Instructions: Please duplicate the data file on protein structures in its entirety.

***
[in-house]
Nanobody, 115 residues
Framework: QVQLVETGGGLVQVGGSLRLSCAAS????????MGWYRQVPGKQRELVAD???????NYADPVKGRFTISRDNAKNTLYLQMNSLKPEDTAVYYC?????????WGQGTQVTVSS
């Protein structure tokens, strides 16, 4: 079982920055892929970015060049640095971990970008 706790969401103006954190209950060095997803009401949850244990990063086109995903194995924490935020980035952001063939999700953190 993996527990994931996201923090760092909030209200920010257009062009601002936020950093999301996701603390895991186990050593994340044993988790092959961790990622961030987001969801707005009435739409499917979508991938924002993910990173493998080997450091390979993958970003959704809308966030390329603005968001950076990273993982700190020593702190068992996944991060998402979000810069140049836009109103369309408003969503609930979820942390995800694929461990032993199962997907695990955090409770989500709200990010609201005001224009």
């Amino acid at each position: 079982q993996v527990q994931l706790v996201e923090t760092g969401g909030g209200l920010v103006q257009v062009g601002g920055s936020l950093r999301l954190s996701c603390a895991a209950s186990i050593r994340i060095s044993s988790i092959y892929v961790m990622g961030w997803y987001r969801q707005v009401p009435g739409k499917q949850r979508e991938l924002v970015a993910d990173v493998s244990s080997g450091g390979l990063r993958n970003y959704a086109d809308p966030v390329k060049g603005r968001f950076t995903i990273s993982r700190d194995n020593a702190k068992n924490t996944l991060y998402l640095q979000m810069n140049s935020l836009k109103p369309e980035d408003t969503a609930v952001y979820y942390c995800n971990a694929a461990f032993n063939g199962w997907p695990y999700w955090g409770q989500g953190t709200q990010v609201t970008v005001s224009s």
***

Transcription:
[in-house]
Nanobody, 115 residues
Framework: QVQLVETGGGLVQVGGSLRLSCAAS????????MGWYRQVPGKQRELVAD???????NYADPVKGRFTISRDNAKNTLYLQMNSLKPEDTAVYYC?????????WGQGTQVTVSS
């Protein structure tokens, strides 16, 4: 079982920055892929970015060049640095971990970008 706790969401103006954190209950060095997803009401949850244990990063086109995903194995924490935020980035952001063939999700953190 993996527990994931996201923090760092909030209200920010257009062009601002936020950093999301996701603390895991186990050593994340044993988790092959961790990622961030987001969801707005009435739409499917979508991938924002993910990173493998080997450091390979993958970003959704809308966030390329603005968001950076990273993982700190020593702190068992996944991060998402979000810069140049836009109103369309408003969503609930979820942390995800694929461990032993199962997907695990955090409770989500709200990010609201005001224009």
């Amino acid at each position: 079982q993996v527990q994931l706790v996201e923090t760092g969401g909030g209200l920010v103006q257009v062009g601002g920055s936020l950093r999301l954190s996701c603390a895991a209950s186990i050593r994340i060095s044993s988790i092959y892929v961790m990622g961030w997803y987001r969801q707005v009401p009435g739409k499917q949850r979508e991938l924002v970015a993910d990173v493998s244990s080997g450091g390979l990063r993958n970003y959704a086109d809308p966030v390329k060049g603005r968001f950076t995903i990273s993982r700190d194995n020593a702190k068992n924490t996944l991060y998402l640095q979000m810069n140049s935020l836009k109103p369309e980035d408003t969503a609930v952001y979820y942390c995800n971990a694929a461990f032993n063939g199962w997907p695990y999700w955090g409770q989500g953190t709200q990010v609201t970008v005001s224009s």